Central banks warned over digital currencies
Central banks should think carefully about the implications for financial stability and monetary policy before issuing digital currencies to the general public, according to a report from the Bank for International Settlements (BIS), which suggests bitcoins and other cryptocurrencies are ‘poor imitations of money’
13 Mar 2018
The report from the BIS committee on payments and market infrastructure (CPMI) and its markets committee, has been released ahead of the meeting of the G20 central bank governors and finance ministers next week.
It looks at two types of central bank digital currency: a wholesale currency limited to select financial institutions, and a general purpose currency accessible to the public and analyses their impact on payments, monetary policy implementation and financial stability.
The report warns that a general purpose central bank digital currency (CBDC) could impact bank deposits, a major source of funding for commercial banks, with implications for financial stability, and suggests the underlying technologies might hold more promise for wholesale payments, clearing and settlements.
Benoît Coeuré, chair of the CPMI, said: ‘Central bank digital currencies could help make settling trades of securities and foreign exchange more efficient in the future. But more work and experimentation would be needed to explore these benefits.
‘General purpose central bank digital currencies could revolutionise the way money is provided and the role of central banks in the financial system, but these are uncharted waters, with potential risks. This report is a starting point for further discussion and research and will help countries make choices given their own circumstances.’
The report warns that a CBDC could fuel faster bank runs during periods of financial stability. BIS suggests that in periods of stress a flight towards the central bank may occur on a fast and large scale, challenging commercial banks and the central bank to manage such situations.
The report states: ‘Depending on the context, the shift in deposits could be large in times of stress. A crucial element in such system-wide shifts is the stronger sensitivity of depositors to the actions of others. The more other depositors run from weaker banks, the greater the incentive to run oneself. ‘If CBDC were available, the incentives to run could be sharper and more pervasive than today, as the CBDC would be the favoured destination, especially if deposits were not insured in the first place or deposit insurance was (made more) limited. Whereas weaker banks could experience a run, even stronger banks could face withdrawals in the presence of CBDC.’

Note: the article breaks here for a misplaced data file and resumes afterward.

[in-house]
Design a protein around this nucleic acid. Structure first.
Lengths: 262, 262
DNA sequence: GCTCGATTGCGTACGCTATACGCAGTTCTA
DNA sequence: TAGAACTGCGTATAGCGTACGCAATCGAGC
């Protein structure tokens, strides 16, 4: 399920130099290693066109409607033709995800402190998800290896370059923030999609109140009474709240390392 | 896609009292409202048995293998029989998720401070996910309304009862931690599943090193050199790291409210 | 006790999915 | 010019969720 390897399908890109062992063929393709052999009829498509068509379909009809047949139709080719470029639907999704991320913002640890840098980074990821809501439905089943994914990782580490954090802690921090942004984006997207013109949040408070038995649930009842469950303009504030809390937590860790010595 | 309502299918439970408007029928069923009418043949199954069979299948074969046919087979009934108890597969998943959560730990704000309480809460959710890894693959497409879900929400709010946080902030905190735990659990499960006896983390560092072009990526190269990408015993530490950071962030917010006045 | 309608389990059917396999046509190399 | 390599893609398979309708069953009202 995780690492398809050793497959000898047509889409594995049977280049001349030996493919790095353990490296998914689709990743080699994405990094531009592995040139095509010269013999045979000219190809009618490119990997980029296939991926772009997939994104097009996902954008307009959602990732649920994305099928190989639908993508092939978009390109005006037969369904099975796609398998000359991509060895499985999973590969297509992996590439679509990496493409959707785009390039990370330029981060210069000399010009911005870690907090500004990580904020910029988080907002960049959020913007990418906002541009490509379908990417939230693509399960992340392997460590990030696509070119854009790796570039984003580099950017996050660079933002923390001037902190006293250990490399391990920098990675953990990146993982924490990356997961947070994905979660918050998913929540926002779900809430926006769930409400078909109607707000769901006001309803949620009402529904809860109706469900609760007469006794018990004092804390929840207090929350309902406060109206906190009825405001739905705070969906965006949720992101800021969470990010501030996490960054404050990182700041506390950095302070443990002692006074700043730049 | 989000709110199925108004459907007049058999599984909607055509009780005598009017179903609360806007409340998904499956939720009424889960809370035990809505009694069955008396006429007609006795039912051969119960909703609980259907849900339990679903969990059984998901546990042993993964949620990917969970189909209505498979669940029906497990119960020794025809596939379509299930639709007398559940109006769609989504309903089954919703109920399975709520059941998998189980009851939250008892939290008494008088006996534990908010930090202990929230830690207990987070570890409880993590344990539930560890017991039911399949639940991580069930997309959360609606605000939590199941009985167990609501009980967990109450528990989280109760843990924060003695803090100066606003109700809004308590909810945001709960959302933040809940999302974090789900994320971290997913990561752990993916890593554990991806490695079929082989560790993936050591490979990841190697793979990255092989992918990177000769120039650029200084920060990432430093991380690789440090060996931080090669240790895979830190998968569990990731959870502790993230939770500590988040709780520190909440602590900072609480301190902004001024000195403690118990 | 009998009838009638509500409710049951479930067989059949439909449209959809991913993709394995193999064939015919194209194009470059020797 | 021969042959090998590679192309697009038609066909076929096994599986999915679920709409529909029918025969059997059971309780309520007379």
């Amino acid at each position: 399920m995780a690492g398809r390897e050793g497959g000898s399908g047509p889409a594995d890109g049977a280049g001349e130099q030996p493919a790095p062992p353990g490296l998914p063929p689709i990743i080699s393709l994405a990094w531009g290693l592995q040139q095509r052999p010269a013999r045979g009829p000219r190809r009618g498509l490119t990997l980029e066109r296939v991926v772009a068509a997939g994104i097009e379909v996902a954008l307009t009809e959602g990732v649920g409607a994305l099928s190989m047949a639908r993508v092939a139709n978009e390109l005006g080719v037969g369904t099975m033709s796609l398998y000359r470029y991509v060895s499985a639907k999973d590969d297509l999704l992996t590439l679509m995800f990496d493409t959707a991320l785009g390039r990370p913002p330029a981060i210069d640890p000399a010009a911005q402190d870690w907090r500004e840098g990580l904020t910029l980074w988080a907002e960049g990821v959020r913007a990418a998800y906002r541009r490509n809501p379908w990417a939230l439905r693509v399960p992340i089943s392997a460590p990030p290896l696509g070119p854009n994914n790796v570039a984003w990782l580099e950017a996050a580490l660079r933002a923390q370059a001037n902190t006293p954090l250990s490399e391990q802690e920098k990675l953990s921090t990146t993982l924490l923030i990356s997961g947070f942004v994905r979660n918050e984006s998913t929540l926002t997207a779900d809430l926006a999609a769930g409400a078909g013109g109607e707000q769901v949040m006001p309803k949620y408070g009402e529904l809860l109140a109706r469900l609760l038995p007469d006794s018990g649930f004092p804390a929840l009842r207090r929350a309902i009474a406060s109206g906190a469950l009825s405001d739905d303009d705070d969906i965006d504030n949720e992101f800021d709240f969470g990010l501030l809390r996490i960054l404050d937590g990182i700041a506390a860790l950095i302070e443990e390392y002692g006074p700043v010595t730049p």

In a blog article, Coeuré described ‘bitcoin and its cousins’ as ‘something of a mirage’ and said: ‘Almost nobody prices goods in bitcoin, few use them for payments, and, as a store of value, they are no better than gambling in a casino. Policymakers are rightly worried about consumer and investor abuses, as well as illicit use.’
However, he points out that demand for non-cash is rising, particularly among the younger, more digitally savvy generation.
Coeuré said: ‘If it were to come, a CBDC would have to be as convenient for consumers and businesses to use as the commercial equivalent. It would have to be hacker-proof. If we want to stop illegal use, it should not grant the same anonymity of cash to users. But giving central banks unprecedented amounts of information about individuals is equally controversial. There is no one-size-fits-all solution.’
He is more positive about using blockchain technologies as a way of streamlining many of the cumbersome clearing and settlement processes that are currently needed to complete securities and foreign exchange trades, and to meet the current demand for fully reliable, real-time payments.
‘Despite its many faults, bitcoin has put the spotlight on an old failing of our current system: cross-border retail payments. Such payments not only permit shoppers to easily buy goods online from overseas, but also allow foreign workers to send money home, supporting financial inclusion and development.
‘However, these payment channels are generally much slower, less transparent and way more expensive than domestic ones. Improvements here are the best way of rising to the bitcoin challenge,’ Coeuré said.
Report by Pat Sweet